Behind the Lines

The Stand Up Desk |
January 20, 2013

Behind the Lines

TALK OF CHANGE AND REFORM has been in the air since the Sharpstown scandals more than perhaps at any time in our state’s history. Such talk is welcome, and, as most of us apparently felt in the last elections, mandatory. One imagines that talk of reform came as uncomfortably, but

The Stand Up Desk |
April 30, 1974

Behind the Lines

On a warm March morning we went looking for the grave of my great-great-grandmother Nancy Daugherty. My mother had visited the grave more than 40 years before, and remembered only that it was near the capitol and that a small iron fence encircled the plot. We found the grave amid

Politics & Policy |
March 31, 1974

Behind the Lines

We Texans have always seemed to drive more, and farther, and for perhaps stranger reasons, than just about anyone else. Young people in the bleak and monotonous landscapes of West and North Texas grew up accustomed to endless, aimless rides around the countryside and to regular trips into the cities

The Stand Up Desk |
February 28, 1974

Behind the Lines

Writing about Larry L. King is a difficult task that leaves me feeling like some sweating country jeweler stooped over a fine stone trying to fashion an appropriate setting out of tin. Some good writers have craft; others have soul and spirit. Larry has what great writers have: he has

The Stand Up Desk |
January 1, 1974

Behind the Lines

INMATES OF THE TEXAS DEPARTMENT of Corrections have made 181 new desks for about $34 a desk. Rockford Furniture Associates of Austin has fashioned matching chairs for $180 a chair. A new electronic voting board has been installed for $33,500 ($200 more than the total cost for the chairs). These

The Stand Up Desk |
December 1, 1973

Behind the Lines

GOOD REPORTING SOMETIMES INVOLVES RISKS. Most people see the world outside their immediate vision through the eyes of the media, and much of the world contains people and situations that are unpleasant, distasteful, and downright dangerous. Wars fit in this category. So do murders. Becoming intimately involved in either can

The Stand Up Desk |
November 1, 1973

Behind the Lines

SENIOR EDITOR GRIFFIN SMITH JR.’s comprehensive study of the great law firms of Houston (page 53) ranks among the most important writing ever printed by this or any other Texas publication. It goes to the heart of a group of institutions whose influence upon our state is incalculable, and whose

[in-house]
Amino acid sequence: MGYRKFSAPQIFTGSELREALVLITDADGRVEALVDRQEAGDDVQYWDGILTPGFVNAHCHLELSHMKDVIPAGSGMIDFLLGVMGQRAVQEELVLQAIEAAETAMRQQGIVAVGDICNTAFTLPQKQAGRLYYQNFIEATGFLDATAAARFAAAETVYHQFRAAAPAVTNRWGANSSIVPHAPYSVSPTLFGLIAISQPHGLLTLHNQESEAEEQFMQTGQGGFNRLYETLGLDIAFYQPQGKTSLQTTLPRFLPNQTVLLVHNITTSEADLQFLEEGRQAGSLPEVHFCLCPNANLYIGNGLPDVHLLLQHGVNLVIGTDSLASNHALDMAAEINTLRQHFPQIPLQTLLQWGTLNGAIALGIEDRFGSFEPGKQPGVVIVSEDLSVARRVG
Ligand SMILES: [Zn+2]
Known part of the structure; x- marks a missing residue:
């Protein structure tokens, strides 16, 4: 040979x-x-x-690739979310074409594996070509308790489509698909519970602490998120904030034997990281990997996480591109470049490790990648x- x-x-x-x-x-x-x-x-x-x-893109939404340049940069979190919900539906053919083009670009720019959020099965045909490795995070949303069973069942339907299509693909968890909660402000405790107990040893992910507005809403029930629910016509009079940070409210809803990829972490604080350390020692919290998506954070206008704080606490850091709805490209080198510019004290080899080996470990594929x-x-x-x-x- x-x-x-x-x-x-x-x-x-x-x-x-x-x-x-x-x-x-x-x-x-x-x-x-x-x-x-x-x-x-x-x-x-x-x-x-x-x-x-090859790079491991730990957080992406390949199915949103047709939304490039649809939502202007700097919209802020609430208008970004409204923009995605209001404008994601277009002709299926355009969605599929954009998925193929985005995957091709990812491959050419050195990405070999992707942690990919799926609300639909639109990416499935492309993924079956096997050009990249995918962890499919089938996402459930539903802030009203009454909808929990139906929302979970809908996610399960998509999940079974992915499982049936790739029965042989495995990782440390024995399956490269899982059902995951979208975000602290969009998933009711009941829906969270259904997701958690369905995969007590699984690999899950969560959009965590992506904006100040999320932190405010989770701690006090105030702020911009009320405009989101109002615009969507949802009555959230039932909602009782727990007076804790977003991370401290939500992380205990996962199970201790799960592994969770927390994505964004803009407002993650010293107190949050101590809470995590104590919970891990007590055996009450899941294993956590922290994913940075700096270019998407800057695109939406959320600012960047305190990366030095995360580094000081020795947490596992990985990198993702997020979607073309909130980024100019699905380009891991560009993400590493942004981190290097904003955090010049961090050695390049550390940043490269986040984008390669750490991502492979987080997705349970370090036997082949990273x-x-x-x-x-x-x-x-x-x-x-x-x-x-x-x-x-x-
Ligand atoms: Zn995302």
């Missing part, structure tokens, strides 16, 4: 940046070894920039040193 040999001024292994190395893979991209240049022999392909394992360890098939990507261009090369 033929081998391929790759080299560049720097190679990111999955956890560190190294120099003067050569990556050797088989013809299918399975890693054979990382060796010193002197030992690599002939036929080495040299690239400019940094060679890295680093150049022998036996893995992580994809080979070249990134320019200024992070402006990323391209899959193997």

The Stand Up Desk |
September 30, 1973

Behind the Lines

ALL OF US ARE GOING to have to stop Arthur Temple if he decides to move the headquarters of Time, Inc., to Diboll. We don’t care if Diboll is a nicer place to work than Manhattan, Arthur, you should have thought of that before you went ahead with the deal.The

The Stand Up Desk |
August 31, 1973

Behind the Lines

RARELY DOES A WRITER PARTICIPATE as a major actor in the events he reports, although from time to time writers of more ego than effectiveness posture as characters injected into the dramas they cover, much as coloring is injected into an apple to make it red. Last spring Griffin Smith,

The Stand Up Desk |
July 31, 1973

Behind the Lines

MANY OF THE ARTICLES IN this issue are, in one way or another, about crime. It seems we have opened Pandora’s box. Returning from lunch one day we found that the offices next to ours had been burglarized. The next afternoon we got a call from Al Reinert, who has

The Stand Up Desk |
June 30, 1973

Behind the Lines

TWO MONTHS AGO IN OUR story “Sex and Politics” we took an affectionate, if irreverent, look at a side of our political traditions that is as old as politics itself, but which has rarely been discussed in public. This month we wrap up the latest session of the Texas Legislature

The Stand Up Desk |
May 31, 1973

Behind The Lines

THIS ISSUE TELLS OUR READERS how to enjoy Texas in the summer. That we could so easily be urging Texans to enjoy summer is a testimony to how summers have changed. It wasn’t so long ago that a Texas summer was as inhospitable to normal human existence as a 40-inch

The Stand Up Desk |
April 1, 1973

Behind the Lines

WE TEXANS TALK A LOT about how big we are, and how we are getting bigger. This is all right, since it is true. We are the only state with more than one of the ten largest cities in the country. In fact, we have three—Houston, Dallas and San Antonio.For